First, there are no real hard salary caps for any of the major soccer leagues around the globe. As a result, players can move from league to league and have incredible leverage over teams. They have dozens of teams in many different countries all potentially bidding for their services. As a result, star soccer players are some of the highest-paid professional athletes in the world. For example, the highest-paid player in 2016, Christiano Ronaldo, earned $53 million in salary and bonuses. As a result of the intense competition for talent, player salaries tend to gobble up the excess profits the team itself might earn. For example, Manchester United in its latest 20-F basically describes just that (emphasis ours).


"Player and staff compensation comprise the majority of our operating costs. Of our total operating costs, player costs, which consist of salaries, bonuses, benefits and national insurance contributions, are the primary component. Compensation to non-player staff, which includes our manager and coaching staff, also accounts for a significant portion. Competition from top clubs in the Premier League and Europe has resulted in increases in player and manager salaries, forcing clubs to spend an increasing amount on player and staff compensation, and we expect this trend to continue. In addition, as our commercial operations grow, we expect our headcount and related expenses to increase as well."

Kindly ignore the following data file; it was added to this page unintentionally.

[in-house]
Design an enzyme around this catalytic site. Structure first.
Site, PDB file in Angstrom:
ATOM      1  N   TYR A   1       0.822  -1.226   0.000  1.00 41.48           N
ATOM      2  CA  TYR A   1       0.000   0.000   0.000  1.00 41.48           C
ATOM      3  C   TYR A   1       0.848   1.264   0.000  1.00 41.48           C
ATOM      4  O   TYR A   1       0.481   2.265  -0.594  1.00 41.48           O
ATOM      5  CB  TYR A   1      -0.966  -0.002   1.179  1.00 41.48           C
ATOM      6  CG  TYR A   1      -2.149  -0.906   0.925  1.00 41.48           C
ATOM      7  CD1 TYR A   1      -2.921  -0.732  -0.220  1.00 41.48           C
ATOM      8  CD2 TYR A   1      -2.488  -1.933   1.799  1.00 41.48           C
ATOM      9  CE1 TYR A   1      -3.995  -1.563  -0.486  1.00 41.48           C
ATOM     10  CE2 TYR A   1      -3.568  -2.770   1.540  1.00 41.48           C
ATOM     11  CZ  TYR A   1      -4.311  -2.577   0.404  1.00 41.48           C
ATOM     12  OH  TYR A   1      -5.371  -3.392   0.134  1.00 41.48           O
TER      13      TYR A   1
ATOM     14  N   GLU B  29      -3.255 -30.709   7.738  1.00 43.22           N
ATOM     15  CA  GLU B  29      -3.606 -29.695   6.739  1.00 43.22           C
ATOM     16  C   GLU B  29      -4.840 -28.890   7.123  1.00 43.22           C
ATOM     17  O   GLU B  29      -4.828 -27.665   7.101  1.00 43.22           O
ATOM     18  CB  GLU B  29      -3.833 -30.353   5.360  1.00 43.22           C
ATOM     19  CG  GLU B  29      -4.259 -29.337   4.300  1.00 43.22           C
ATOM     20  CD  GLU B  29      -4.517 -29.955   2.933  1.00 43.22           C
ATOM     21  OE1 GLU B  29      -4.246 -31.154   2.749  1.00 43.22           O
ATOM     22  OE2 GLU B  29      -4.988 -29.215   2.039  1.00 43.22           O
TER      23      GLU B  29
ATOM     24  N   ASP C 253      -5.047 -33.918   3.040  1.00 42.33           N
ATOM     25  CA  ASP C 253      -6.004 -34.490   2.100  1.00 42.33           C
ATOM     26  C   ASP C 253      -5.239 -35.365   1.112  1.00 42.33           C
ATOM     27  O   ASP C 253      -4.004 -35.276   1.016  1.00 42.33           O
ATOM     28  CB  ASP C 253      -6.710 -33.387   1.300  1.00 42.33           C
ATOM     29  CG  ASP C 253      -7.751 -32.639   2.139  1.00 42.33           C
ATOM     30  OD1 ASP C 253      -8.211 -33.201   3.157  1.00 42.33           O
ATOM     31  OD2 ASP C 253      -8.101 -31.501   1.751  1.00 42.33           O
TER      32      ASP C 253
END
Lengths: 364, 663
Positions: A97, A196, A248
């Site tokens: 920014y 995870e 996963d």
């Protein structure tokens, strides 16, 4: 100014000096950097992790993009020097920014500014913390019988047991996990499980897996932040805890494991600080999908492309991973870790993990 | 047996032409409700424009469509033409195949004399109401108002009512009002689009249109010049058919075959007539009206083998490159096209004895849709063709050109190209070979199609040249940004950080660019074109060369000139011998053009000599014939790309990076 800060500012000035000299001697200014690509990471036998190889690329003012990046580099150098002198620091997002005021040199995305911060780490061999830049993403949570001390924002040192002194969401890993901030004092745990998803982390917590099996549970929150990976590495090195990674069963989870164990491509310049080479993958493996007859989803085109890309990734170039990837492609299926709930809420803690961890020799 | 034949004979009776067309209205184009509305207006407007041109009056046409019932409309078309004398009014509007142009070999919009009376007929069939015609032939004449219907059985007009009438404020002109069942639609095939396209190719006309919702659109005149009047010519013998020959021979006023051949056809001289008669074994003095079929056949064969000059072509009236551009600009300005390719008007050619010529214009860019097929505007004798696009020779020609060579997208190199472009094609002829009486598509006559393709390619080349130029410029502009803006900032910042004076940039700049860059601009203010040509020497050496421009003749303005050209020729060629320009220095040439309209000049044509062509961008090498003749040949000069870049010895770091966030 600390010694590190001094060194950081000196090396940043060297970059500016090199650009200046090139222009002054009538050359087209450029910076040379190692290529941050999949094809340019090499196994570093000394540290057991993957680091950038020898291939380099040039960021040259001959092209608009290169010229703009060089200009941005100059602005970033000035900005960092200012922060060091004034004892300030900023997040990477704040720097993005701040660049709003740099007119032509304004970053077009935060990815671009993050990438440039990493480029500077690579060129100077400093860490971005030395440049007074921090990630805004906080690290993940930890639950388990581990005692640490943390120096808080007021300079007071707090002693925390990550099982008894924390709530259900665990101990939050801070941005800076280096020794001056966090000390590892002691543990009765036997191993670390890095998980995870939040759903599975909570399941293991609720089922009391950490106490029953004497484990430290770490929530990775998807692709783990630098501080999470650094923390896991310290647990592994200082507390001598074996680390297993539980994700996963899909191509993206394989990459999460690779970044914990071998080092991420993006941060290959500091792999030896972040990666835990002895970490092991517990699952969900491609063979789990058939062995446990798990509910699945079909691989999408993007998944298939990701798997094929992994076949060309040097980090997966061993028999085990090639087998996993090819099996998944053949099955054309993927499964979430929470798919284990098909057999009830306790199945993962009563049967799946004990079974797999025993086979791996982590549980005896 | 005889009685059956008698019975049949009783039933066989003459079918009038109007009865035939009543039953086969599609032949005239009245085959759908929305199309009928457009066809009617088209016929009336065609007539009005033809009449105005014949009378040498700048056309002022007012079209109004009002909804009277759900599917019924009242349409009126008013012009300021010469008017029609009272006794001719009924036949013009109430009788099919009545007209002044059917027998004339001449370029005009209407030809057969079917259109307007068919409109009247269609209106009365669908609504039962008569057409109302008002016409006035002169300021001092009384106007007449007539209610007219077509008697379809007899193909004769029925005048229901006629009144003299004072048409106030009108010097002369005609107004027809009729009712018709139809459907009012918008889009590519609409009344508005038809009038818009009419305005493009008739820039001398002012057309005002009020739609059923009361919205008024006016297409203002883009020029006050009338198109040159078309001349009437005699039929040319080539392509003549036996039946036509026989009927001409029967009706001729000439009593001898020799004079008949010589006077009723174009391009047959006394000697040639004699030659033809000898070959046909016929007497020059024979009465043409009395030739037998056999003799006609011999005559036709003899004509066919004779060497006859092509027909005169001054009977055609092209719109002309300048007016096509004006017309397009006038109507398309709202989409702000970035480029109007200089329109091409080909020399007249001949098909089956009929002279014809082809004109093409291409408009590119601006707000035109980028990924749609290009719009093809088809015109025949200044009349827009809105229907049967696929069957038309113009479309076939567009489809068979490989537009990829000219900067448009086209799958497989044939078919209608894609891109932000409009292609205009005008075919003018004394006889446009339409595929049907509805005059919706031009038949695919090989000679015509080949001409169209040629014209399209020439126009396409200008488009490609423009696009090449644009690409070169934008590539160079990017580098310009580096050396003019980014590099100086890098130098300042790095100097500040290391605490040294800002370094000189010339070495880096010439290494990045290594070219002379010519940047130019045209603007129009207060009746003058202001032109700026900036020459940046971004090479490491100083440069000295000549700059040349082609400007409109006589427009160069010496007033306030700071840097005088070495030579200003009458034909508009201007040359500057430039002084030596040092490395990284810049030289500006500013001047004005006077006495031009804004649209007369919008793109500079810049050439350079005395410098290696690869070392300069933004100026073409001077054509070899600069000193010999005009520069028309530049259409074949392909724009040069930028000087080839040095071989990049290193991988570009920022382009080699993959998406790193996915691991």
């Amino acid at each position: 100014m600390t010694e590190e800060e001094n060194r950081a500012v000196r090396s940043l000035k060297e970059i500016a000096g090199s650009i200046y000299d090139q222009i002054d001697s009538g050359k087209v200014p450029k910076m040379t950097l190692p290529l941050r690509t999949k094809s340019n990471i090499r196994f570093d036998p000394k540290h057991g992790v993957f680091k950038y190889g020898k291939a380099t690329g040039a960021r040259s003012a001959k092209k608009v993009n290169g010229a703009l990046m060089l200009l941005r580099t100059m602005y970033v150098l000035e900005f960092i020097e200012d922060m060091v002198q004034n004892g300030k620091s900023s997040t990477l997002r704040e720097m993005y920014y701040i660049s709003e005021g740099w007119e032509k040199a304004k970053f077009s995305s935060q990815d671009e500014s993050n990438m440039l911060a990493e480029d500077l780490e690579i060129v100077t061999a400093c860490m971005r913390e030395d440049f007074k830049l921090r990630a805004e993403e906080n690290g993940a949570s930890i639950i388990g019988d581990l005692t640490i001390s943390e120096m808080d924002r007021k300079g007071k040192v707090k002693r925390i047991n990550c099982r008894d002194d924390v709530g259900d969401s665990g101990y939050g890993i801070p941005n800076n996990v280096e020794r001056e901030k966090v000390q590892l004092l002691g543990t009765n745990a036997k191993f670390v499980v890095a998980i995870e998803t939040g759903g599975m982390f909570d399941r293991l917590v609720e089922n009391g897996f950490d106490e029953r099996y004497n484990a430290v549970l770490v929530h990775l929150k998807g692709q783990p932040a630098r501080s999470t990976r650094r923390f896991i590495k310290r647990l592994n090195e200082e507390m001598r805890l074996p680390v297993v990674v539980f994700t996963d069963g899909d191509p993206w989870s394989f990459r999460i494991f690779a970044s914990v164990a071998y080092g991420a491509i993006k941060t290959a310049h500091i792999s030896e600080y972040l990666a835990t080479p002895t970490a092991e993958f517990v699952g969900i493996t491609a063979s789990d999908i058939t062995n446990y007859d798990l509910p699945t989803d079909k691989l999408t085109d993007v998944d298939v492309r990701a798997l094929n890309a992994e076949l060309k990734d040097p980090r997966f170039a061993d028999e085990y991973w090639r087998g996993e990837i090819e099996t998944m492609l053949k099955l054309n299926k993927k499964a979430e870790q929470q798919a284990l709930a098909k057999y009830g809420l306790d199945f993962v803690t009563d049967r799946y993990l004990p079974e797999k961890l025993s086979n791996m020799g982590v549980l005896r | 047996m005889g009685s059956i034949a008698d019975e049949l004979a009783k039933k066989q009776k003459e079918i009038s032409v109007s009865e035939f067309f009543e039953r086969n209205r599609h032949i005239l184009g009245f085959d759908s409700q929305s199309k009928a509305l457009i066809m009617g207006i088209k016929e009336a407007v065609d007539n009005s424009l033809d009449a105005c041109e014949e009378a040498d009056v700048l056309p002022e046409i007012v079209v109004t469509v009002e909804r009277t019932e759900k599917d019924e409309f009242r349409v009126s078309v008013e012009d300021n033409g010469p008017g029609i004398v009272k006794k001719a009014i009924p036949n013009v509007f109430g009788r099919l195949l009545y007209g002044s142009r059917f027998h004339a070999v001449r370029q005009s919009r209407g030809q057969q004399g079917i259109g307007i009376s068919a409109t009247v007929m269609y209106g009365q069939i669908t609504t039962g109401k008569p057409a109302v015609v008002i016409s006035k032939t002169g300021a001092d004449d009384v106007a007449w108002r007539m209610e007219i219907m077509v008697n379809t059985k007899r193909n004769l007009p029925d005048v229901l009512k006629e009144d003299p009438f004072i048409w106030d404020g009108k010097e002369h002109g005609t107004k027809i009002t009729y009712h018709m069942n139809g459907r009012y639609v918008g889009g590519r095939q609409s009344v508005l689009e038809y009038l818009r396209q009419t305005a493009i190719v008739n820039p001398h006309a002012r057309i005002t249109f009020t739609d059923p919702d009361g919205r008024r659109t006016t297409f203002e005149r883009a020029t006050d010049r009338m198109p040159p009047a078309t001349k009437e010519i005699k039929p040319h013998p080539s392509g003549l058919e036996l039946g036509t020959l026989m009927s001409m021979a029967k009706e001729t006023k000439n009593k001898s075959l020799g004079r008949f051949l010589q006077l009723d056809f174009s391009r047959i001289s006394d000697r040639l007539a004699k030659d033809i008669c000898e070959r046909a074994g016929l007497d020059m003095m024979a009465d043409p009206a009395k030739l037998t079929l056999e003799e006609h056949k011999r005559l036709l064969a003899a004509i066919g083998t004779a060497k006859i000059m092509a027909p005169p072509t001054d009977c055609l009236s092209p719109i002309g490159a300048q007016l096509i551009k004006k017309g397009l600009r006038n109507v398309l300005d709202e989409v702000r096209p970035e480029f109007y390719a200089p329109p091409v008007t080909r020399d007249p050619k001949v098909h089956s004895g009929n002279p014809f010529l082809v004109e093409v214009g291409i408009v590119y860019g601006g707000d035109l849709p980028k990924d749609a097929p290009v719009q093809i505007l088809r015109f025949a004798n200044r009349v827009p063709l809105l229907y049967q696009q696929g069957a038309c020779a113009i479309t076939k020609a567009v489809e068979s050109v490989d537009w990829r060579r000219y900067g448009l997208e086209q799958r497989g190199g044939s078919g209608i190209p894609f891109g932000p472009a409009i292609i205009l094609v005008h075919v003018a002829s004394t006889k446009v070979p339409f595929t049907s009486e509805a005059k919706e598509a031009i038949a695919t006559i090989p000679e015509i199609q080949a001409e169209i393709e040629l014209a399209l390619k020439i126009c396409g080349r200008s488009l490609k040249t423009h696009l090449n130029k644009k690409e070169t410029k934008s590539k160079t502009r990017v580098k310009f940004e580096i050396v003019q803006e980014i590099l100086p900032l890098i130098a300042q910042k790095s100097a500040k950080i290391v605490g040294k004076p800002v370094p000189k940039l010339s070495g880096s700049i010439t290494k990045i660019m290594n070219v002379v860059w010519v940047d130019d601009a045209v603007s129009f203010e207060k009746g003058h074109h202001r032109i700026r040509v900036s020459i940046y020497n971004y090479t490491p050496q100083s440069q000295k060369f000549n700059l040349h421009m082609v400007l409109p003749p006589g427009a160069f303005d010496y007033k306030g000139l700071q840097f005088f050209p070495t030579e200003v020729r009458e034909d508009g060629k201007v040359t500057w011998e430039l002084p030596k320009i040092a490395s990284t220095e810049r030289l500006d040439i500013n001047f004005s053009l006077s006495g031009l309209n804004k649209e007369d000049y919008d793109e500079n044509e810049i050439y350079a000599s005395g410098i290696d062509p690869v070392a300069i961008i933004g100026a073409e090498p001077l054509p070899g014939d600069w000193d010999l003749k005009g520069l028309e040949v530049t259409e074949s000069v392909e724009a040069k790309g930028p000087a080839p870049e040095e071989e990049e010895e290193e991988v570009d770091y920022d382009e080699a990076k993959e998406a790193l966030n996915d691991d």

Manchester United spent 45% ($232 million) of its last fiscal year's revenue of $515 million on employee compensation. This dynamic is unlikely to change despite many discussions about possible salary caps. Soccer is a global sport and each country has its own league. There is no real central governing body that could enact any type of salary cap. What may be legal in one country may not be in another. You would also face technical challenges in implementing any cap as salaries are paid in local currencies and foreign exchange fluctuations would make any type of global cap technically difficult to implement.